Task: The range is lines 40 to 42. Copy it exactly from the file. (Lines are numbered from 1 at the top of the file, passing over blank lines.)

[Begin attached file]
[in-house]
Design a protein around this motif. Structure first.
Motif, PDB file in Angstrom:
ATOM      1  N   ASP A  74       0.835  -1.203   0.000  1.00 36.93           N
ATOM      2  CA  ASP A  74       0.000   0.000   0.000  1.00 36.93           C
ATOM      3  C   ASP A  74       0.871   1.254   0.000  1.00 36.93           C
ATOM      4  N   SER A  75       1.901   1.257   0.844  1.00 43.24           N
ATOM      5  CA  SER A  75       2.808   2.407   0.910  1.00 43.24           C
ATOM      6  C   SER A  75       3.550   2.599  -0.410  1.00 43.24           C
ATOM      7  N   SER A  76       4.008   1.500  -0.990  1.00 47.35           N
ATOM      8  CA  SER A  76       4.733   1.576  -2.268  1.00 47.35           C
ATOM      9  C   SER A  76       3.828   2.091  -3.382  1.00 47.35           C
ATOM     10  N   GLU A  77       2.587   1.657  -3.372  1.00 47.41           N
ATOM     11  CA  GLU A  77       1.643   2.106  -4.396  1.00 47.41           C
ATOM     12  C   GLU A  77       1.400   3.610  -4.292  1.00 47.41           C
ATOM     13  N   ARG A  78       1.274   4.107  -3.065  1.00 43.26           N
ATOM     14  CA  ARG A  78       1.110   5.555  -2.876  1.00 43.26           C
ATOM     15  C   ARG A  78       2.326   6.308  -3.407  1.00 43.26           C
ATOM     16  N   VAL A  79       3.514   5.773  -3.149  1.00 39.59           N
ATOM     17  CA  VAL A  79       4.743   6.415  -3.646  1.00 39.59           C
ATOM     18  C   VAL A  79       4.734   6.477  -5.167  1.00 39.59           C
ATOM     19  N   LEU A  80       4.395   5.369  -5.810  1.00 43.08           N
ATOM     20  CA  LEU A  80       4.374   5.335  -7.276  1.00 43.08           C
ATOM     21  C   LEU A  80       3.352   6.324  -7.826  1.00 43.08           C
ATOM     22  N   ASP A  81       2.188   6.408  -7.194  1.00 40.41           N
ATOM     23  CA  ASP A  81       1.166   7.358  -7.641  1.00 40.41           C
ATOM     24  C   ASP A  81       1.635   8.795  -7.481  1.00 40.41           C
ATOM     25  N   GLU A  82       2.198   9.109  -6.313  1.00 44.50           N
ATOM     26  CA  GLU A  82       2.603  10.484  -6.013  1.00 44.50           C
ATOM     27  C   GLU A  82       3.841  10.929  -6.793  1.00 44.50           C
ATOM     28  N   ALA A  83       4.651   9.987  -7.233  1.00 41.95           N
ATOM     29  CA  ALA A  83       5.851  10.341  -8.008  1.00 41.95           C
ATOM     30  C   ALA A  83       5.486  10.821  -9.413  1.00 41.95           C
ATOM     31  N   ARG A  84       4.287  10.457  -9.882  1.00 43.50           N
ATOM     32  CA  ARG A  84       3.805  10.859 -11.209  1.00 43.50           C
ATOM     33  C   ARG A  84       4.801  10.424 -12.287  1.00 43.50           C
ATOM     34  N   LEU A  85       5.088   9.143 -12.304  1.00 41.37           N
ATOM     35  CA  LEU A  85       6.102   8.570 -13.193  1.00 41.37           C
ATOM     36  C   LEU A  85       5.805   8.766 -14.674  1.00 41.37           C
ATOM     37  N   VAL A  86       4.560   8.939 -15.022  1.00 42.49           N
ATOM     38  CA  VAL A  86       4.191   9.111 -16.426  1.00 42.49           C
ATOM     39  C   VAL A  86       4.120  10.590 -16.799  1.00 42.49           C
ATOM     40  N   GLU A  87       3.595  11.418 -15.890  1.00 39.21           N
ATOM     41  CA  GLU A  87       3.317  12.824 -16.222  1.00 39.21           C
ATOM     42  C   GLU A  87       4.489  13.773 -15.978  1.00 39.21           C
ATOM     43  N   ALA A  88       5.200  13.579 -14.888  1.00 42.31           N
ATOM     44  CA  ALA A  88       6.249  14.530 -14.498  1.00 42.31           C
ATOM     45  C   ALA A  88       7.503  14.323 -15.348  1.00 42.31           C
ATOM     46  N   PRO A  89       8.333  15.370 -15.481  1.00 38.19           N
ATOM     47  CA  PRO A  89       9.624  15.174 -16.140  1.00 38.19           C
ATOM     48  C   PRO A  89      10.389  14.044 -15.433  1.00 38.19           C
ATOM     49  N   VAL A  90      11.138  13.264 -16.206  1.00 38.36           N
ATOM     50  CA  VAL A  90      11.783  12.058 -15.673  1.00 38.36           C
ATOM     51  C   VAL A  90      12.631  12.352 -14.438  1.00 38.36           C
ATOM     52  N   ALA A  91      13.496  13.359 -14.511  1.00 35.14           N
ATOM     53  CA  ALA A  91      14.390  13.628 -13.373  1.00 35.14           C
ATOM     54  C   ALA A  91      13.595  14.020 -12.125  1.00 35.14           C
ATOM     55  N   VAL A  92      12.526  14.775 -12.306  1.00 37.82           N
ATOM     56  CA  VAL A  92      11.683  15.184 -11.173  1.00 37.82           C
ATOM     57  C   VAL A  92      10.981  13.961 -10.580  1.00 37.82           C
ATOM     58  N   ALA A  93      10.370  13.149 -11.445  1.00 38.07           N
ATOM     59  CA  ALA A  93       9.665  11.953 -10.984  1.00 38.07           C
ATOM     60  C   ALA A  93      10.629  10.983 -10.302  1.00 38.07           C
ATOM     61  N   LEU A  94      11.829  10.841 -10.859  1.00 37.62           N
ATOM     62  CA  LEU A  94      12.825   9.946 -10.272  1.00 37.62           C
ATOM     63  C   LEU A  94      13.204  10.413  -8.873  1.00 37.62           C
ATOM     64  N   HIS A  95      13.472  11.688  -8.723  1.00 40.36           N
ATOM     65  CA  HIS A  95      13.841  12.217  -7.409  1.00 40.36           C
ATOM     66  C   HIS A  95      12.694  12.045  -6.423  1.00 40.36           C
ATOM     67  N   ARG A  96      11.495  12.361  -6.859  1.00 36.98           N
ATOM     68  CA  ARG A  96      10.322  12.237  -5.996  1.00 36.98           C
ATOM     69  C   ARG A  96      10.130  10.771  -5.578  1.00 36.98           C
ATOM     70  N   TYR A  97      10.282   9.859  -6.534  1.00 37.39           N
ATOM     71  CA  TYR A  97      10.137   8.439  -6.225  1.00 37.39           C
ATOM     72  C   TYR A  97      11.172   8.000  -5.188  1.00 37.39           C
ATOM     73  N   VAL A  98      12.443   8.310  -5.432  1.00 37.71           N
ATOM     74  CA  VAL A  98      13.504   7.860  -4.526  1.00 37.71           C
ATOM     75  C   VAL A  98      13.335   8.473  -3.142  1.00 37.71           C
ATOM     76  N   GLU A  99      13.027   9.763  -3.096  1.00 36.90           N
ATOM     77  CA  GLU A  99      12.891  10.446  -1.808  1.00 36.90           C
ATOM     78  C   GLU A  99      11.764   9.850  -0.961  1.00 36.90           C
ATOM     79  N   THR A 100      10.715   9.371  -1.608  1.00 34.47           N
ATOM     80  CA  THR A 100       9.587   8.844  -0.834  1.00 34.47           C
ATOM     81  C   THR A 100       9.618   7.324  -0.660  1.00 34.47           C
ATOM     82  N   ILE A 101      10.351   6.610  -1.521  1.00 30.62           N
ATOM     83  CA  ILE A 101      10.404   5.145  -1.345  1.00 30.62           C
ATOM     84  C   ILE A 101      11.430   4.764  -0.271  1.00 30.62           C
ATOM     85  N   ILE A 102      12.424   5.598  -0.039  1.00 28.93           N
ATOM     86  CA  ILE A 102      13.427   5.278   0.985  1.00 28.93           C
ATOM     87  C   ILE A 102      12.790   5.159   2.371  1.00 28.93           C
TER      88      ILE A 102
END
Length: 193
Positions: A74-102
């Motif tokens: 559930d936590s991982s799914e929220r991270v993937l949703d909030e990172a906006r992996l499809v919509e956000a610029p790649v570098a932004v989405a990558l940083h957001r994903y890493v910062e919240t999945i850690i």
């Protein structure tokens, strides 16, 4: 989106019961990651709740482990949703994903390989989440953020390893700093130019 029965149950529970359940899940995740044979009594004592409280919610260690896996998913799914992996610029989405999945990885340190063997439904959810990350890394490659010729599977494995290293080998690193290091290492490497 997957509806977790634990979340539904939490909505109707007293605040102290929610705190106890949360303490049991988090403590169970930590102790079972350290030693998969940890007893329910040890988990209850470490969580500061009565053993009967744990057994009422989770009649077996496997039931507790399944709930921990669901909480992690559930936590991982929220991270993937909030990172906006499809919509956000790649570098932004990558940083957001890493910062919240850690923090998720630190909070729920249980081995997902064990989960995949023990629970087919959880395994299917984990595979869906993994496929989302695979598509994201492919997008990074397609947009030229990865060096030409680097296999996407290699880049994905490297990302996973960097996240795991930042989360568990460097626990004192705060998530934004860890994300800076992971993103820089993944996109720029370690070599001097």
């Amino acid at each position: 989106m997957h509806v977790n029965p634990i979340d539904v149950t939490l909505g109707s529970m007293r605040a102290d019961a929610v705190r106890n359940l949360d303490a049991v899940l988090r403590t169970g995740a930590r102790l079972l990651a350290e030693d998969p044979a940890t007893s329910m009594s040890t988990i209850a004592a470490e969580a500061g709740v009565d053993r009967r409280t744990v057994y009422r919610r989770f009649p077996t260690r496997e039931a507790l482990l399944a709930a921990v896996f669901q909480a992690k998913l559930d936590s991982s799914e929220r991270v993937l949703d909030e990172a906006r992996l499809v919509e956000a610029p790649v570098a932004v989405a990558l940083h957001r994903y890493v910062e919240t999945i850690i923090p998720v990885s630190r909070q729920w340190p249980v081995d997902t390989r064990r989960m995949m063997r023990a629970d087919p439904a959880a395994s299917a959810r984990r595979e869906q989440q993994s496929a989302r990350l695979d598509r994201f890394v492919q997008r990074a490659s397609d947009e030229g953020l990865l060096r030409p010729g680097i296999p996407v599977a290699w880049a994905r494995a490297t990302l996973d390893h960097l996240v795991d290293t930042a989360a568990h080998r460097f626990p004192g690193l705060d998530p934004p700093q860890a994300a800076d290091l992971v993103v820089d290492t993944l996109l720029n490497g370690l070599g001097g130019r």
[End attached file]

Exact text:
ATOM     37  N   VAL A  86       4.560   8.939 -15.022  1.00 42.49           N
ATOM     38  CA  VAL A  86       4.191   9.111 -16.426  1.00 42.49           C
ATOM     39  C   VAL A  86       4.120  10.590 -16.799  1.00 42.49           C